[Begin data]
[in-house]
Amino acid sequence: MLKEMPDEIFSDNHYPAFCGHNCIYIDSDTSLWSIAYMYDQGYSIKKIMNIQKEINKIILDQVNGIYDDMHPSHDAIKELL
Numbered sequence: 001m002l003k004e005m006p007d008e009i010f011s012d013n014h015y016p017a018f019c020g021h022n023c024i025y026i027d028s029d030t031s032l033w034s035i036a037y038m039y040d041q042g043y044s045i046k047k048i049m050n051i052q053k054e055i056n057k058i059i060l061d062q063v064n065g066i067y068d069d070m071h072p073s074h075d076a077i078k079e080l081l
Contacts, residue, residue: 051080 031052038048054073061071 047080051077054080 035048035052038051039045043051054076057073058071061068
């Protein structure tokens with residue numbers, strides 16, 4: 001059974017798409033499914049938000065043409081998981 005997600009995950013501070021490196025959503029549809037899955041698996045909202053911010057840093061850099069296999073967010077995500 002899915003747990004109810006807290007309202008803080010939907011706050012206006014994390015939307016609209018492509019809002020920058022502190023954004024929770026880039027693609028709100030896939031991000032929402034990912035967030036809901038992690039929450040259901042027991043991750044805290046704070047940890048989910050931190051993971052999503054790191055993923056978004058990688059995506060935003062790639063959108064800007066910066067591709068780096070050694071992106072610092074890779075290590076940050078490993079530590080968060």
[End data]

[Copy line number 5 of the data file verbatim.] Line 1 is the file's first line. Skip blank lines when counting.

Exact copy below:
């Protein structure tokens with residue numbers, strides 16, 4: 001059974017798409033499914049938000065043409081998981 005997600009995950013501070021490196025959503029549809037899955041698996045909202053911010057840093061850099069296999073967010077995500 002899915003747990004109810006807290007309202008803080010939907011706050012206006014994390015939307016609209018492509019809002020920058022502190023954004024929770026880039027693609028709100030896939031991000032929402034990912035967030036809901038992690039929450040259901042027991043991750044805290046704070047940890048989910050931190051993971052999503054790191055993923056978004058990688059995506060935003062790639063959108064800007066910066067591709068780096070050694071992106072610092074890779075290590076940050078490993079530590080968060």